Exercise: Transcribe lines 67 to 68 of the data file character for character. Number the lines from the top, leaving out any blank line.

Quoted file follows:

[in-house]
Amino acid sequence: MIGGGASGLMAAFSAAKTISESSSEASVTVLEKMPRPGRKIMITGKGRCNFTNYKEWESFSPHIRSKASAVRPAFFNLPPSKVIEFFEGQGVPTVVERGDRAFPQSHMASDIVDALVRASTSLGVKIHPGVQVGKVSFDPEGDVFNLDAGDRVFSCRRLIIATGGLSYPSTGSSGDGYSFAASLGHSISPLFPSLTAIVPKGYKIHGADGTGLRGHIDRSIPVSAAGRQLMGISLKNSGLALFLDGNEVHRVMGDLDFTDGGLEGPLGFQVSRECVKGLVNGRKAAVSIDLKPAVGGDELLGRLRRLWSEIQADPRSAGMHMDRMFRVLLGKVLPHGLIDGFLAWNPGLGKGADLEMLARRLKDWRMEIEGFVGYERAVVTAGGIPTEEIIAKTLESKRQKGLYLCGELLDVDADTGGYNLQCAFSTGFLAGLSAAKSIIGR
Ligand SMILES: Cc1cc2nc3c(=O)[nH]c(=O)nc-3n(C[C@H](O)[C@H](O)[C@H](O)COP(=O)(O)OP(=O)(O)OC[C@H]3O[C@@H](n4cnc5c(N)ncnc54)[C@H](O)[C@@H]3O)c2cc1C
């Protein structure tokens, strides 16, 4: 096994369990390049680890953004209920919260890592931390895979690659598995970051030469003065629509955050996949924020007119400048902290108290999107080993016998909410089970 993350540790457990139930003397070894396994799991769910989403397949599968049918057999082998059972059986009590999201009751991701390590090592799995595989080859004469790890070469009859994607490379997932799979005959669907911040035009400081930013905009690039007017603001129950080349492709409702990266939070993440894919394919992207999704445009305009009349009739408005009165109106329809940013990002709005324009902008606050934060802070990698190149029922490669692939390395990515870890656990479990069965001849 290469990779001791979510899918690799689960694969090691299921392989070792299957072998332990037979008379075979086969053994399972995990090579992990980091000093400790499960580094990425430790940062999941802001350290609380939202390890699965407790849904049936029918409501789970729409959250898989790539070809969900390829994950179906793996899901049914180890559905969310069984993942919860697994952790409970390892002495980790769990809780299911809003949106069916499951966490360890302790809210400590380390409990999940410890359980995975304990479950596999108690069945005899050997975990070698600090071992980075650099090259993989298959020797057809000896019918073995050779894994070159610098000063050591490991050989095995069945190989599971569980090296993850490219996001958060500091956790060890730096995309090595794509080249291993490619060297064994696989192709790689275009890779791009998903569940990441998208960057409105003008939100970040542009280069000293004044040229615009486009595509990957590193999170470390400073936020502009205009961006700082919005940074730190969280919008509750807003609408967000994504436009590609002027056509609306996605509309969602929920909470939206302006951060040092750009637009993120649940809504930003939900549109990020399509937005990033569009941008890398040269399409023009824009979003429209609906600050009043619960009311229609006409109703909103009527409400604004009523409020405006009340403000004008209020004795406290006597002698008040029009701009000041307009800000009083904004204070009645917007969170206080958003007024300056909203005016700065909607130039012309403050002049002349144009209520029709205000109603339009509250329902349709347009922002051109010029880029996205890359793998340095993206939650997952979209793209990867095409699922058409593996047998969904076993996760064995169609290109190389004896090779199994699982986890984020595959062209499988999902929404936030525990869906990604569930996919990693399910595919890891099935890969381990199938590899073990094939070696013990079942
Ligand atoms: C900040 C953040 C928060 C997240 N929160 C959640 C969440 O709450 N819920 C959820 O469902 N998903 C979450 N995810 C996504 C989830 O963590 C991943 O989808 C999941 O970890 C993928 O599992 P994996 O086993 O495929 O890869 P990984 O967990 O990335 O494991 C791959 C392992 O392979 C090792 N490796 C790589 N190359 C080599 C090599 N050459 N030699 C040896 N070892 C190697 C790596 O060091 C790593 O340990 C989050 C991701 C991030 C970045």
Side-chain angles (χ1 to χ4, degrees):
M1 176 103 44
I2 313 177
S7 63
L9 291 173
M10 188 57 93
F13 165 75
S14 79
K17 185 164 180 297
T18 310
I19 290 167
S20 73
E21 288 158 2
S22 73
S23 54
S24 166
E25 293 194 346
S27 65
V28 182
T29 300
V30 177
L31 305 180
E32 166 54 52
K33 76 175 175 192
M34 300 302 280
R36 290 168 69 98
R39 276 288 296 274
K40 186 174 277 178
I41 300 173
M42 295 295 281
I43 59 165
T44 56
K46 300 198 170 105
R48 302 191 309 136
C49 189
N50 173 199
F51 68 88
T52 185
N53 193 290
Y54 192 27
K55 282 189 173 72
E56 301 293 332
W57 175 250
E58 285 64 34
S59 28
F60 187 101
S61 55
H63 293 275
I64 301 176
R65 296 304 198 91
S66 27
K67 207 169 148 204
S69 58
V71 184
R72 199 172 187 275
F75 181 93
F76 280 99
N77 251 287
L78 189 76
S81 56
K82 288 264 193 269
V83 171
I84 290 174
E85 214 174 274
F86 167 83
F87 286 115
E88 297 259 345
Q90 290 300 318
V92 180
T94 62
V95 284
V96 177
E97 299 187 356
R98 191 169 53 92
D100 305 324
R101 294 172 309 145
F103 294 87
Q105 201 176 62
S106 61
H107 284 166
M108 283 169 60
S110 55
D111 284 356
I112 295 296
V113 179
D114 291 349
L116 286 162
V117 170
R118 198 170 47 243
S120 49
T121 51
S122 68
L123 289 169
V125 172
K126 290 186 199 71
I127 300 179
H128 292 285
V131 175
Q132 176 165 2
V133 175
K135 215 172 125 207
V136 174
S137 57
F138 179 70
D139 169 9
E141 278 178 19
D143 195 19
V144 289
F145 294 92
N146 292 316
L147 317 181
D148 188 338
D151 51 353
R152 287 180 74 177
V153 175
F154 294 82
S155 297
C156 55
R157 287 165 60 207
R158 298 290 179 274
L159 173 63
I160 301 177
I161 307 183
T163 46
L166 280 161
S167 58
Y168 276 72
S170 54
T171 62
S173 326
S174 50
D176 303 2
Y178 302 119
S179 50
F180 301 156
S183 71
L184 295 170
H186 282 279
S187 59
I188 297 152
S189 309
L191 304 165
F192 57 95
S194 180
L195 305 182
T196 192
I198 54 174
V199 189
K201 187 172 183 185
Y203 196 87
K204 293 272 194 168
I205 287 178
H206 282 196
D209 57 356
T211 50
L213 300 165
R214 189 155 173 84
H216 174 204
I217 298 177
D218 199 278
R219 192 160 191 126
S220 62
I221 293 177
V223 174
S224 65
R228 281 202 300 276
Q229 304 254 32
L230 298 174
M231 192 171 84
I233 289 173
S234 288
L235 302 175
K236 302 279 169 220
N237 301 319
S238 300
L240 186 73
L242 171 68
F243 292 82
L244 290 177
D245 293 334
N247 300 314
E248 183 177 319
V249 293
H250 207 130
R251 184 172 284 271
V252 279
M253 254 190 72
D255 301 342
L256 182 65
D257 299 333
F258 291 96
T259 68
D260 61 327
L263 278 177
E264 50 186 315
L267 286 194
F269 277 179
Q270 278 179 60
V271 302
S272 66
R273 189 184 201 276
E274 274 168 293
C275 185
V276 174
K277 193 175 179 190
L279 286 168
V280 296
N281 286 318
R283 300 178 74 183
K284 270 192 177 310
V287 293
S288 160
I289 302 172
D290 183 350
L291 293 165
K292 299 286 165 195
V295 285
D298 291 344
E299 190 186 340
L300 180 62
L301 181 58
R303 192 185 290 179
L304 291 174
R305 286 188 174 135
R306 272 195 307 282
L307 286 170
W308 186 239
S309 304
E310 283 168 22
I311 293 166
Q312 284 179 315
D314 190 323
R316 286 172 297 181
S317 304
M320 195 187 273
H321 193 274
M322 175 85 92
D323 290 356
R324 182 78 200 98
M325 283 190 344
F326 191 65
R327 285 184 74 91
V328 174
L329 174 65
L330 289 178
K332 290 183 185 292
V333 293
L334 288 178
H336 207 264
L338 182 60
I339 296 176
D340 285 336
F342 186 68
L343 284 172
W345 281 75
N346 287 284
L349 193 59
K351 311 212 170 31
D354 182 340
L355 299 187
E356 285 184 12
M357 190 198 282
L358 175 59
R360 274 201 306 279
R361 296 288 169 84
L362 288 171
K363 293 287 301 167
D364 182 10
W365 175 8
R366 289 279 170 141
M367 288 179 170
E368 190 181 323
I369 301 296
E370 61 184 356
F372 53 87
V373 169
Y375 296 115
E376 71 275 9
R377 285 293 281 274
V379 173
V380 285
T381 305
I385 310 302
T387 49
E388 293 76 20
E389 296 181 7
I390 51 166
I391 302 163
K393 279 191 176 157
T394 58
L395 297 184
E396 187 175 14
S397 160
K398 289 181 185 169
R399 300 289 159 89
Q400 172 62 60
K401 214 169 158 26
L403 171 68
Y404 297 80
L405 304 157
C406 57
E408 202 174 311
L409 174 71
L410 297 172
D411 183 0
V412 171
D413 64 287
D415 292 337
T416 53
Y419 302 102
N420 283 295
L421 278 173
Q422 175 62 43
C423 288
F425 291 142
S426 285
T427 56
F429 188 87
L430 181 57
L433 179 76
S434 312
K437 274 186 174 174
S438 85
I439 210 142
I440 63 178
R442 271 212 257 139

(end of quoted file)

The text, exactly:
V83 171
I84 290 174